The more modest rental next door. The kitchen has had an upgrade.The rental listing by Brisbane Real Estate described the more modest property as a beautifully renovated acreage retreat, a short drive to Pullenvale primary school.“This beautifully fully renovated home has a stunning picturesque outlook of private acreage, also it is fenced and suitable for horses.”The new owners put in a brand new kitchen and the home has a large covered veranda overlooking acreage, plus airconditioning. The Grandview Road property in Pullenvale sits next door to Tinkler’s dream retreat.A LARGE Brisbane estate that once belonged to failed Queensland billionaire Nathan Tinkler has come on the rental market – a jarring reminder of over $2m he lost on the sale of neighbouring properties there. Mr Tinkler has interests in neighbouring properties in Pullenvale, both of which were large acreage properties of 4ha each, but on one he had built his dream resort-style retreat complete with pool, spa, gymnasium, tennis court, cinema and the like. On the other was a simple three bedroom, single bathroom, double garage house. Stunning cinema in the neighbouring property that used to also be owned by Tinkler.The losses made on both properties were in proportion to that with the dream retreat he had named “The Grand Post” being sold by receivers for $3.05m a year ago – which was a $2.15m less than Tinkler had paid with his wife Rebecca. The current rental property was also recently sold by receivers in March this year, going for $750,000 which was $110,000 less than its $860,000 land value. More from newsParks and wildlife the new lust-haves post coronavirus1 day agoNoosa’s best beachfront penthouse is about to hit the market1 day agoNathan Tinkler & Rebecca Tinkler’s former house was one of two properties that Tinkler made losses on after they were sold by receivers.
(REUTERS) – FIFA president Gianni Infantino, whose election promises included expanding the World Cup finals to 40 countries, yesterday proposed an even larger tournament involving 48 teams.However, he suggested that 16 of those teams would go home after just one knockout match, and the remainder of the tournament would be played, as now, with a 32-team group stage, followed by a knockout phase.Infantino, speaking during an event at Bogota’s Sergio Arboleda university, said a final decision would be taken by the FIFA Council in January, Colombian media reported. A FIFA spokesperson confirmed that the reports were accurate.“These are ideas to find the best solution, we will debate them this month and we will decide everything by 2017,” Infantino was quoted as saying. “They are ideas which we put forward to see which one is the best.”Infantino said his suggestion was to have a preliminary knockout round involving 32 teams played in the host country, with the 16 winners reaching the group stage. A further 16 seeded teams would get a bye into the group stage, he said.“The idea is that 16 teams would qualify directly to the group stage and the other 32 would play in a preliminary phase, in the country where the World Cup is being played – they would play for the remaining 16 places,” he said.“It means we continue with a normal World Cup for 32 teams, but 48 teams go to the party.“FIFA’s idea is to develop football in the whole world, and the World Cup is the biggest event there is,” he added. “It’s more than a competition, it’s a social event.”Infantino was elected FIFA chief on February 26 to replace Sepp Blatter, who received a six-year ban for ethics violations.A key point of Infantino’s election platform was to increase the tournament to 40 teams, although critics say this number creates difficulties in finding a suitable and simple format.Germany coach Joachim Loew said on Sunday that a larger tournament would “dilute” its sporting value, while European clubs have strongly opposed an increase in the number of teams.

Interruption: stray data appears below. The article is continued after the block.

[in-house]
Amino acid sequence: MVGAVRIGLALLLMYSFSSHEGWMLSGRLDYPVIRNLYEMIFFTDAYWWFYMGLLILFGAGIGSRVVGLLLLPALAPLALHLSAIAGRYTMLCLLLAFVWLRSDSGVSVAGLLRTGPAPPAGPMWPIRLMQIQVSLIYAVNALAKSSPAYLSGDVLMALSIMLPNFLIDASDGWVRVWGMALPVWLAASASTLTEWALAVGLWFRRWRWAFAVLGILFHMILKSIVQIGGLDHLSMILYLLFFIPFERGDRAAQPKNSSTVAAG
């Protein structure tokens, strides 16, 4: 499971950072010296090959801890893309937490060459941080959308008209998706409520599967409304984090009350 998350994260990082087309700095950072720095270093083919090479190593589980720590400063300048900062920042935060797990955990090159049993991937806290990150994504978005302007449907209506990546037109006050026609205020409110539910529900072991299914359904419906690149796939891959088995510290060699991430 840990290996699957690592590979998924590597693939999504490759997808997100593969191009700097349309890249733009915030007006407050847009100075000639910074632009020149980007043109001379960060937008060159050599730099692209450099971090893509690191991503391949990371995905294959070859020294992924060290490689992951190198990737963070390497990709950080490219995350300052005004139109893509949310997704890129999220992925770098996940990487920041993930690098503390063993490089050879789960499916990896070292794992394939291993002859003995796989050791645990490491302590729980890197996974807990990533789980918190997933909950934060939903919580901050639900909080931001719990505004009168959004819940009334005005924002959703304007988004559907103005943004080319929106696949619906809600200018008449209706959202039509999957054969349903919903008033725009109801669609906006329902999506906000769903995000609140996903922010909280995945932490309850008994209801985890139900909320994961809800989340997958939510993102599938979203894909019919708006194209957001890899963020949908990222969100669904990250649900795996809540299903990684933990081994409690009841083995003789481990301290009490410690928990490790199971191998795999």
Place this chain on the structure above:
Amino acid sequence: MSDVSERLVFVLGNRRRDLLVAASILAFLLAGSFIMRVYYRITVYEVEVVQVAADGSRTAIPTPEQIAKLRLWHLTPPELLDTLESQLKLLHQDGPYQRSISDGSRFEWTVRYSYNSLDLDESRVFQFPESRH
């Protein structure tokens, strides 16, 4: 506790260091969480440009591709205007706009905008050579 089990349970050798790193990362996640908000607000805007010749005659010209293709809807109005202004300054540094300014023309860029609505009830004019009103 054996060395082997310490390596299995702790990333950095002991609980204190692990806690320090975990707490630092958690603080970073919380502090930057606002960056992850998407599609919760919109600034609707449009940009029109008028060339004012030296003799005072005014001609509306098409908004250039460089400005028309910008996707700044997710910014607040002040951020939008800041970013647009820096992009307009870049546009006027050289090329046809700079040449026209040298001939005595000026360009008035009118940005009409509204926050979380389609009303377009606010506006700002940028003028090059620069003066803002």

Goldschmidt can focus on investing in his new team and new division for years to come while bringing his MVP-caliber performance and detail-oriented approach to the game. In a clubhouse that has had enough turnover that Yadier Molina and Adam Wainwright are the only regulars left from the Cardinals’ championship team in 2011 (though Matt Carpenter had a cup of coffee that year), Goldschmidt has a lot to teach the guys around him. Of course, he stays low-key about this role.“It’s not really about me. I just try to step in and do my job,” Goldschmidt said. “Follow the lead that these guys have set, try to fit in with this team, and do the best I can to help this team win.”Doing the best he can has a lot to do with the details, like tagging up and getting an extra base. If Goldschmidt keeps doing that, and his teammates can pick up and do the same, it might be enough to tilt that one game that decides the whole thing. MORE: Watch ‘ChangeUp,’ a new MLB live whip-around show on DAZN“I’m just honored to be a part of it,” Goldschmidt said before Thursday’s opening day game in Milwaukee.The Cardinals lost Thursday 5-4, as the Brewers’ steady starting pitching, knockout bullpen and deep lineup proved too much. Both teams know that the NL Central is shaping up to be a dogfight — in Texas the Cubs stomped the Rangers 12-4 on Thursday — and Goldschmidt was brought to St. Louis to bring the kind of boost the Cardinals need to come out on top.His credentials are undeniable, but a huge part of Goldschmidt’s worth comes from the things he does that don’t appear on his Baseball Reference page. At times last year, the Cardinals drew criticism for uncharacteristically sloppy play, so Goldschmidt’s presence carries value beyond his stat line.Cardinals manager Mike Shildt said that simply having him in the lineup “settles everything down” for the rest of the order. Even when he’s not filling up the box score, Goldschmidt has something to offer.On Thursday he struck out three times and drew an ultimately ineffectual walk, but one play in particular served as the best example of his intangibles.In the top of the sixth, while the Cardinals were down by two runs, Goldschmidt led off the inning with a walk. Paul DeJong struck out, and then after Junior Guerra relieved starter Jhoulys Chacín, Marcell Ozuna singled to left and Goldschmidt moved to second. Yadier Molina worked a full count and then flew out to Christian Yelich in right field, and Goldschmidt tagged up and hustled to third.There, with two outs, and runners now on the corners, Goldschmidt had given his team a better chance to score. It’s a small thing, but it’s the kind of detail in Goldschmidt’s game that has already stood out to teammate Matt Carpenter.“He’s a complete player. He’s not just going to be a slugger who hits in the middle of our lineup and that’s all he brings to the table,” Carpenter told Sporting News. “He really is a five-tool guy.”MORE: Fernando Tatis Jr. shows why he belongs in MLB nowCarpenter and Goldschmidt have played against each other since their high school days when both were in Texas and again as National League opponents. But for the first time Carpenter is seeing what Goldschmidt’s off-the-field work is like, and he said he’s been struck by his new teammate’s attention to detail.“It’s the quantity of his preparation,” Carpenter said.One game into the season, Goldschmidt knows the value of those little details, like tagging up and heading for third base.“We’ve seen how tough this division is. It can come down to one game,” Goldschmidt said before Thursday’s contest. “It might be this game.”Last year, the Cardinals arguably came within a baserunner of disrupting the Brewers’ path to the NLCS, so making a habit of edging out an extra base can pay off, even if it ultimately didn’t on Thursday for the Cardinals.After Goldschmidt tagged up and got to third safely, Dexter Fowler popped out to shortstop to end the inning. Goldschmidt’s efforts, it would seem, had come for nothing.But attentive fans and players of the game know better. It might not have turned into a run this time, but Goldschmidt — and his watching teammates — know that it could next time. Or the time after that. And every extra run will be needed to win the division. Before a pitch of the 2019 season was thrown, Goldschmidt’s new teammates could see what was ahead.“I’ll say this now, the team who survives this division is going to win the World Series,” Carpenter said. “Talk about being battle-tested, you’ll get a really good chance once we get out of it.”Goldschmidt knows the challenge the will come over the next six months, too. He’s played against the teams in the division before, but not 19 times a season, which makes a big difference. For instance, before Thursday he had only faced Brewers reliever Josh Hader twice, and it showed. Goldschmidt swung almost helplessly at three straight fastballs in the eighth.MORE: Reds have new energy that could liven up NL CentralBut Goldschmidt will have years to learn the division, thanks to a contract extension that was completed a week before the season started. When the Cardinals traded for him, he had one year left on his current contract, which could have meant that his tenure in St. Louis would be short. Goldschmidt insisted that this would not have been a distraction during the 2019 season had an extension not been reached, but he was still glad to get it done.“One more thing that won’t be on my mind,” Goldschmidt said. “It’s something you know is going to come up, it’s a part of being a major league baseball player. Having that done is good.” MILWAUKEE — Almost a year ago, Paul Goldschmidt was in St. Louis for the Cardinals’ season home opener. He remembers the jubilant atmosphere and the bit of awe that he felt, even as a member of the opposing team, watching as the Cardinals celebrated the history of their franchise.Now, at the dawn of the 2019 season and only one official game with his new team under his belt, Goldschmidt is still getting used to the new uniform he’s putting on and all the history comes with it.